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The Little House Goes to Tokyo

This year marks the 75th anniversary of the publication of Virginia Lee Burton’s beloved children’s book The Little House. In recognition of this milestone, the Cape Ann Museum is pleased and honored to be joining with its colleagues in Japan to mark this happy occasion and to celebrate the life one of the most accomplished children’s book authors of the 20th century.


A special exhibition focusing on The Little House, other books by Virginia Lee Burton and her work as a Folly Cove Designer opened at the Takenaka Corporation Gallery A4 in Tokyo in June and will remain on display through early August. The exhibition features original artwork and archival materials from the collection of the Cape Ann Museum, the Sawyer Free Library and from the Burton–Demetrios family. It also includes a scale model of Little House, constructed in Tokyo especially for this project. The exhibition was organized by Michiyo Okabe, curator of Gallery A4.

Virginia Lee Burton (1909–1968) was a multi-talented person whose skill as a dancer, designer, writer, illustrator and teacher, touched the lives of many people. It was through her work as a children’s book writer and illustrator, however, that she reached her widest audiences. The Little House was Burton’s fourth work published by the Houghton Mifflin Company and appeared on book shelves in this country in 1942; Burton was awarded the coveted Caldecott Medal for the work in 1943. By 1954, the book had been translated into Japanese by Momoko Ishii and was on its way to becoming an international success. Ten years later, Burton made a two-week long pilgrimage to Japan, invited by the American Cultural Center in Tokyo and hosted by Momoko Ishii. Since that time, The Little House has been as loved by young Japanese readers as it has been by Americans.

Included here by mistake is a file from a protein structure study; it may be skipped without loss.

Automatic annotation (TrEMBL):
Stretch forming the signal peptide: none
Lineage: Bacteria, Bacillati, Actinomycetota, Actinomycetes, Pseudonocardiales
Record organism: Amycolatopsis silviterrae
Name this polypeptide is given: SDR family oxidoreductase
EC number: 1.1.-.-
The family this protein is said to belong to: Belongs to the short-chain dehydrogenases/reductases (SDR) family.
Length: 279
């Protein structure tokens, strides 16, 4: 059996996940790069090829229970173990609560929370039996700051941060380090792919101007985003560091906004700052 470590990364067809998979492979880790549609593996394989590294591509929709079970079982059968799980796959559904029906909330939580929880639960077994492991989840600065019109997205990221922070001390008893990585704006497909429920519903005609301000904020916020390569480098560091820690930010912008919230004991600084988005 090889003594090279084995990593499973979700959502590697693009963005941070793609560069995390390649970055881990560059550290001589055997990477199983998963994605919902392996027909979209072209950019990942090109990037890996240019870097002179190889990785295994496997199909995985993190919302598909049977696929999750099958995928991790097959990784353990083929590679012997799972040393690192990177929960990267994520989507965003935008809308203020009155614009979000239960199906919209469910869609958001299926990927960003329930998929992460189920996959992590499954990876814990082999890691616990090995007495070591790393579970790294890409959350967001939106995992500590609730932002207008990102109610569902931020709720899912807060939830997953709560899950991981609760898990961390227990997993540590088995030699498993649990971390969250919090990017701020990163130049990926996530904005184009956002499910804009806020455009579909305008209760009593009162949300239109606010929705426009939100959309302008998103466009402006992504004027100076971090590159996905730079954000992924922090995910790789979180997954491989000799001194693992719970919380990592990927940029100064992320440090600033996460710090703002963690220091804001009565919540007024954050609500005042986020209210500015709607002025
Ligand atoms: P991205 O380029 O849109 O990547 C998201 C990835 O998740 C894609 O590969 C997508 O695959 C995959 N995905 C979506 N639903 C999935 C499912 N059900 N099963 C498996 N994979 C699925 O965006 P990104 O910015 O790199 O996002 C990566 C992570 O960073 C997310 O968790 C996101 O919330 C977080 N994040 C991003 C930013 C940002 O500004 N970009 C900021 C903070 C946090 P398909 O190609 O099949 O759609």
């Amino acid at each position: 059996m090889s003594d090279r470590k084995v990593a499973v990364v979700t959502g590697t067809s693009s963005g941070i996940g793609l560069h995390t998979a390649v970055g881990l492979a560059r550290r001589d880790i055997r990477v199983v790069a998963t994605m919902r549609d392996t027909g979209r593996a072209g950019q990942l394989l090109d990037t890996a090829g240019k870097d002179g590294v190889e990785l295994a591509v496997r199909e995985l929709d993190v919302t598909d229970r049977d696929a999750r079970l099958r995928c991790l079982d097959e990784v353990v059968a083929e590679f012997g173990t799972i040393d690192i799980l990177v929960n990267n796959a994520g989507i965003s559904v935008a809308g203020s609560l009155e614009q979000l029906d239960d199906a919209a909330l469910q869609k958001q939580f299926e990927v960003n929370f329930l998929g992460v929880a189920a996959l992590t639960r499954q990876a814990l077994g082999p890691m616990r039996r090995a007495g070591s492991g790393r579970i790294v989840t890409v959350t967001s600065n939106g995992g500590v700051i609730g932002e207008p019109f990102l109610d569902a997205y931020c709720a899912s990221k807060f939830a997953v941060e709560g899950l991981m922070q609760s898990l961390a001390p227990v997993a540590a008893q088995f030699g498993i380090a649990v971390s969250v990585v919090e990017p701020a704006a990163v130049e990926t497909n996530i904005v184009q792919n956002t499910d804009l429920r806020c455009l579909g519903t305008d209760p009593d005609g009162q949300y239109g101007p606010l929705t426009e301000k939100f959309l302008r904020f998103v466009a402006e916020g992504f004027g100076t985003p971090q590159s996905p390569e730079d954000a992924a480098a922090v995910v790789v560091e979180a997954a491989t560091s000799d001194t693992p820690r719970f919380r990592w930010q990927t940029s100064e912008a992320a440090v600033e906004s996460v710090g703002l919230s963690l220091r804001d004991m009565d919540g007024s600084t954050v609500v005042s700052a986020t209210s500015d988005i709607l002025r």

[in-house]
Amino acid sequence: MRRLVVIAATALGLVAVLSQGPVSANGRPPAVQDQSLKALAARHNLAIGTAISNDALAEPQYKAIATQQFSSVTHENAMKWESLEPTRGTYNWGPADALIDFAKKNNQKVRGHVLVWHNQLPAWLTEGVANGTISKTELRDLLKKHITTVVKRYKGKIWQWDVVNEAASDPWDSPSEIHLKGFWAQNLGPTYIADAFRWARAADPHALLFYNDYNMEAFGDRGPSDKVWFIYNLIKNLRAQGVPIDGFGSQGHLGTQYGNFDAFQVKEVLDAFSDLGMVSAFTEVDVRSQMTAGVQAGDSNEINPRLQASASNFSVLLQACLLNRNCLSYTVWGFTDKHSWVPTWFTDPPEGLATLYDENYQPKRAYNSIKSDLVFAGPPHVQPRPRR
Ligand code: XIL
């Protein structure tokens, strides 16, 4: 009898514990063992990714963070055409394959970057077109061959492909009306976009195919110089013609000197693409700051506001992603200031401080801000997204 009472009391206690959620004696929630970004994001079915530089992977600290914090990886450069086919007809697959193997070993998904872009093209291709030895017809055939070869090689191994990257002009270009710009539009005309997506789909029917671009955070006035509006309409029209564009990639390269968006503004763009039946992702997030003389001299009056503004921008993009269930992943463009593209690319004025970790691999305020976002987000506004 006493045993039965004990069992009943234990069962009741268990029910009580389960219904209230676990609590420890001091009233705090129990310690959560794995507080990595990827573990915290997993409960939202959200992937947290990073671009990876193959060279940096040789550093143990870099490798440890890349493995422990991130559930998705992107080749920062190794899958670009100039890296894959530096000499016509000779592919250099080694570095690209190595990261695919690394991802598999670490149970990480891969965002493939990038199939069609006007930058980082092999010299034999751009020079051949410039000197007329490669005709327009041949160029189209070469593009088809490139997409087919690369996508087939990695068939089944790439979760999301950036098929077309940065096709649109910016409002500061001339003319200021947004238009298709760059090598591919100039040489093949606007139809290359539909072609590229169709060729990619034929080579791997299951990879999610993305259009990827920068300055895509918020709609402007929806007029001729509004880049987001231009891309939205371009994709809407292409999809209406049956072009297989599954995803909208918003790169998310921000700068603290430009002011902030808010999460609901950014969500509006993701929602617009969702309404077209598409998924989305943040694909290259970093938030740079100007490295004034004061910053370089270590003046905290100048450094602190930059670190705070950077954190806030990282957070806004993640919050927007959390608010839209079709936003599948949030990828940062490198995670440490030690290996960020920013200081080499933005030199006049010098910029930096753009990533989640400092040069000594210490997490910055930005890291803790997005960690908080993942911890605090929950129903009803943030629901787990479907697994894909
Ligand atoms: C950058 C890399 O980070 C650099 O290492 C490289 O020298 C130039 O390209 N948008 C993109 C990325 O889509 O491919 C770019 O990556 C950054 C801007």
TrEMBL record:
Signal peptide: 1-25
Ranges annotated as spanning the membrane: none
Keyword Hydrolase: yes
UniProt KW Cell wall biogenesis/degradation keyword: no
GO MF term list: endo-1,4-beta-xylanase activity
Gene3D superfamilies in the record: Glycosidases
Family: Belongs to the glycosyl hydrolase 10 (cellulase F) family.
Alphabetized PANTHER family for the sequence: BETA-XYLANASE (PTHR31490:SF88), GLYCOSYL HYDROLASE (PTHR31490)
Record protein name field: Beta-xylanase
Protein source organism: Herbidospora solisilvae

The story Virginia Lee Burton weaves in The Little House is simple yet powerful. It is the tale of a small ordinary house that watches its once quiet neighborhood change as urbanization takes hold in the mid-20th century. Familiar surroundings become unrecognizable and menacing. The change of seasons that defined the daily rhythms of life is no longer discernible. And when the moon and the stars are no longer visible in the night sky, the owners move out, abandoning the little house. Just as all seems lost, the inherent worth of the house is recognized by descendants of the original owners. The city that has grown up around it pauses long enough for the house to be lifted off its foundation, loaded onto a trailer and slowly moved out of harm’s way. “At first,” Burton writes, “the Little House was frightened, but after she got used to it she rather liked it. They rolled along the big road, and they rolled along the little roads, until they were way out in the country.” Safely away from the city and set down on a firm new foundation, the house is saved.

While at first The Little House seems a simple story, with her re-markable skill as an artist and her straightforward narrative, Virginia Lee Burton created a much more complex and meaningful story and it is because of this that the book has found such a large base of enthusiastic fans—of all ages—over the past 75 years. It is a story about the importance of honoring the past, of respecting the built world and, at the same time, the natural world. It is a story about the importance of living in harmony with nature and the restorative powers of peacefulness and beauty. And it is also the story about second chances and the importance of family, home and legacy, and about remaining useful and productive. Values and visions such as these are not exclusively American but rather are something that we share in common with the people of Japan and indeed throughout the world. Virginia Lee Burton realized the importance and power of this inclusivity and so did Momoko Ishii when she translated the work for Japanese readers.

The Cape Ann Museum hopes that when this special exhibition closes at Takenaka Corporation Gallery A4 in Tokyo this August, the scale model of Virginia Lee Burton’s Little House, designed and built by our Japanese friends for the exhibit, will be lifted off its foundations and lovingly transported to Gloucester to be enjoyed and appreciated by residents of the community that inspired The Little House so many years ago.